A while ago I covered "Enabling the Cube in Compiz" where I illustrated how simple it was to get the Cube working in the Compiz 3D desktop. That article did not go on to explain just how to configure the Cube once it is up and running.
Normally such topics as configuring the appearance of the desktop is too simple for a tutorial. For the Compiz Cube, however, it helps to know what you are configuring before you try to configuring. Knowing what the "Skydome" is or the "Cube caps" are will go a long way to help you avoid frustration.
In this article I am going to show you how to configure:
When you have these options configured, you will have a seriously cool desktop.
Skydome and Cube caps
To begin your configuration you need to open up the CompizConfig Settings Manager. If you are using GNOME you will see this in the Preferences sub menu of the System menu. Once this opens click on the Desktop Cube entry. In this configuration you want to click on the Appearance tab (see Figure 1).
The first thing you need to do is make sure the Enable Desktop Cube is checked. With that out of the way take a look at the Appearance tab. You will see both Cube Caps and Skydome here. Oddly enough, you will only configure the Skydome here.
To configure your Skydome first click the check box to enable the Skydome. Now click on the folder icon to the right of the Skydome text area. This is where you will locate the image for your Skydome. You can use either .jpg or .png files for this.
Once you have this complete click the Back button at the bottom left.
Now if you want to better see your Skydome click on the Rotate Cube configuration and then adjust the Zoom option. The Zoom option zooms out of the Cube so as you rotate the Cube it is smaller. I keep mine at .6525. Click the Back button when you are done.
Now to configure the Cube Caps. To do this click on the "Cube Reflection and Deformation" option. In this section expand the Appearance section of the Cube Caps section (see Figure 2). Here you will do the same thing you did with Skydome. Make sure you configure both the top and bottom Cube Caps.
Within this same section click on the Deformation tab. In this section click the Deformation drop down and select which type of Deformation you want. NOTE: The Sphere deformation does take a bit more resources than the Cylinder. If you have the power go for the Sphere, otherwise either None or the Cynlinder.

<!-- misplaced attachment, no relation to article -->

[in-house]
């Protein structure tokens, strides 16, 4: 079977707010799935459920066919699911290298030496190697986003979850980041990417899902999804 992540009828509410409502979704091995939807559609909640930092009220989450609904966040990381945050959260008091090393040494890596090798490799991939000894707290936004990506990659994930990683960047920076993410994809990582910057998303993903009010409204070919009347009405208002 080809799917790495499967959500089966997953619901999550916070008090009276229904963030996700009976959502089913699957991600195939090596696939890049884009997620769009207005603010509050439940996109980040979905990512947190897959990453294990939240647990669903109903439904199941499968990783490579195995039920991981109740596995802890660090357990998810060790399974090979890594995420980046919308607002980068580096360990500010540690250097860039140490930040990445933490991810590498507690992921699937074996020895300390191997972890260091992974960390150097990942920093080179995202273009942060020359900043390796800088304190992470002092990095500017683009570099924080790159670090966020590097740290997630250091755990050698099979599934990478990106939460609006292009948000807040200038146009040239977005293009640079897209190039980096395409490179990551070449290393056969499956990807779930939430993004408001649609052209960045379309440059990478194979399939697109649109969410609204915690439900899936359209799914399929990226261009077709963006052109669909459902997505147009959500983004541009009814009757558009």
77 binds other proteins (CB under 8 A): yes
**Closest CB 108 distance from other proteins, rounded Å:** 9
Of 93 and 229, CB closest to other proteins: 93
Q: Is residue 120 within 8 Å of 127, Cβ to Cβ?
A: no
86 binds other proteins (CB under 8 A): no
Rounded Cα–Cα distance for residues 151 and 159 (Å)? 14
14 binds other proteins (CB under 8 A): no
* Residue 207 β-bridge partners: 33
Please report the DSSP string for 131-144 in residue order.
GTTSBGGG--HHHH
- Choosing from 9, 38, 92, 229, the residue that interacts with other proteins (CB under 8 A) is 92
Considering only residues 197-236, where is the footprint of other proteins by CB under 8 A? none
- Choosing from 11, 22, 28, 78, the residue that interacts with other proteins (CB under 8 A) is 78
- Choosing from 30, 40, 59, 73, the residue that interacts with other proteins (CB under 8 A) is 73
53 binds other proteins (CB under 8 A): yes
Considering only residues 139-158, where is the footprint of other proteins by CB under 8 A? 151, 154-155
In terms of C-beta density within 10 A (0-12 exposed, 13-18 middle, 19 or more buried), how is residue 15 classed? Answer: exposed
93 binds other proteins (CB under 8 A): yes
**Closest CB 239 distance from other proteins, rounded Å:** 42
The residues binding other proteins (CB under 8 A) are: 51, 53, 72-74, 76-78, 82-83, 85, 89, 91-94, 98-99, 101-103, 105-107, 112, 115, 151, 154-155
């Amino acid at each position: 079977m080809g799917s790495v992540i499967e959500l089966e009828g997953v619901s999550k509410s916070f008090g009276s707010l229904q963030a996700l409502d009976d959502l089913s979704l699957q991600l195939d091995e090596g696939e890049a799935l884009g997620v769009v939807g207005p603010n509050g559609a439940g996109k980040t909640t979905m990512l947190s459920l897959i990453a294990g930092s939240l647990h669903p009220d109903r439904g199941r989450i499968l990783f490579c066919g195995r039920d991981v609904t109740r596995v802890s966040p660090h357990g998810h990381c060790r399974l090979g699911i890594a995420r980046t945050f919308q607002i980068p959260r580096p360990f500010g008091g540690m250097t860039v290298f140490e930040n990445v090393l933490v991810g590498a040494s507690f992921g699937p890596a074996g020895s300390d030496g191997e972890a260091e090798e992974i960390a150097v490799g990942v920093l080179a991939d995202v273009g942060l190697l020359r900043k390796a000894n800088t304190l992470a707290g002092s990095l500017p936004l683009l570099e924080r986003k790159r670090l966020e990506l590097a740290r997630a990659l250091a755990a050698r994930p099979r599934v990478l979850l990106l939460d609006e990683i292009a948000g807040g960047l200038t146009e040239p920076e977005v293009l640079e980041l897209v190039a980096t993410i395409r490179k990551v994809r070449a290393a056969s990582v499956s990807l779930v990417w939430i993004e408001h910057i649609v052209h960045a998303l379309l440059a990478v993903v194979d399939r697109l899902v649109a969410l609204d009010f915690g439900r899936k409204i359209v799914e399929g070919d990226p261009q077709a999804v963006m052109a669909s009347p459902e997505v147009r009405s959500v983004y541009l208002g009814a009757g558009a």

You can also enable Reflection which will reflect your cube either on the bottom or the top. To enable this click on the Reflection tab and then check the Enable box. After you have enabled it you can then customize it how ever you like.
Figure 3 shows the results of these configurations. Obviously your results will vary depending upon what and how you configure these options.
I am a big fan of Compiz. Although it doesn't directly help you to be a better, more efficient worker, it will allow you to create an impressive working environment on your PC. Show off how powerful the Linux desktop can be by configuring the Compiz Cube.
UPDATE: Below are the images used in this tutorial:Advertisement
Advertising revenue is falling fast across the Internet, and independently-run sites like Ghacks are hit hardest by it. The advertising model in its current form is coming to an end, and we have to find other ways to continue operating this site.
We are committed to keeping our content free and independent, which means no paywalls, no sponsored posts, no annoying ad formats or subscription fees.
If you like our content, and would like to help, please consider making a contribution:
Ghacks is a technology news blog that was founded in 2005 by Martin Brinkmann. It has since then become one of the most popular tech news sites on the Internet with five authors and regular contributions from freelance writers.